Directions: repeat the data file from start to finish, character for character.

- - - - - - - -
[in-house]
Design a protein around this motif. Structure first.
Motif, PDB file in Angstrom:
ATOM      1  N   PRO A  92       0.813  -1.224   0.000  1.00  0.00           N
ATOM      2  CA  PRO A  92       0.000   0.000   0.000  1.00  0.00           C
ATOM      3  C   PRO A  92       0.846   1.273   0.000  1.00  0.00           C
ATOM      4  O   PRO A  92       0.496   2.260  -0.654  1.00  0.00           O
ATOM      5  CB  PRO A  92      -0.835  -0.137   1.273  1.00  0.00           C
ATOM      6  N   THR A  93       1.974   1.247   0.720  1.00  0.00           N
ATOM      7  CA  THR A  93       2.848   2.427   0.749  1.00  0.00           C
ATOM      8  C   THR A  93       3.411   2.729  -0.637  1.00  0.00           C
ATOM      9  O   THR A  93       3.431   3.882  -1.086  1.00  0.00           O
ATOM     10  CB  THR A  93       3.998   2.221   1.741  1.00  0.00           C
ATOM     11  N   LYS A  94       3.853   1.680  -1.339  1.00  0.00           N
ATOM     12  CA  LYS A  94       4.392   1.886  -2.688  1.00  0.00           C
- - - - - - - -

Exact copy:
[in-house]
Design a protein around this motif. Structure first.
Motif, PDB file in Angstrom:
ATOM      1  N   PRO A  92       0.813  -1.224   0.000  1.00  0.00           N
ATOM      2  CA  PRO A  92       0.000   0.000   0.000  1.00  0.00           C
ATOM      3  C   PRO A  92       0.846   1.273   0.000  1.00  0.00           C
ATOM      4  O   PRO A  92       0.496   2.260  -0.654  1.00  0.00           O
ATOM      5  CB  PRO A  92      -0.835  -0.137   1.273  1.00  0.00           C
ATOM      6  N   THR A  93       1.974   1.247   0.720  1.00  0.00           N
ATOM      7  CA  THR A  93       2.848   2.427   0.749  1.00  0.00           C
ATOM      8  C   THR A  93       3.411   2.729  -0.637  1.00  0.00           C
ATOM      9  O   THR A  93       3.431   3.882  -1.086  1.00  0.00           O
ATOM     10  CB  THR A  93       3.998   2.221   1.741  1.00  0.00           C
ATOM     11  N   LYS A  94       3.853   1.680  -1.339  1.00  0.00           N
ATOM     12  CA  LYS A  94       4.392   1.886  -2.688  1.00  0.00           C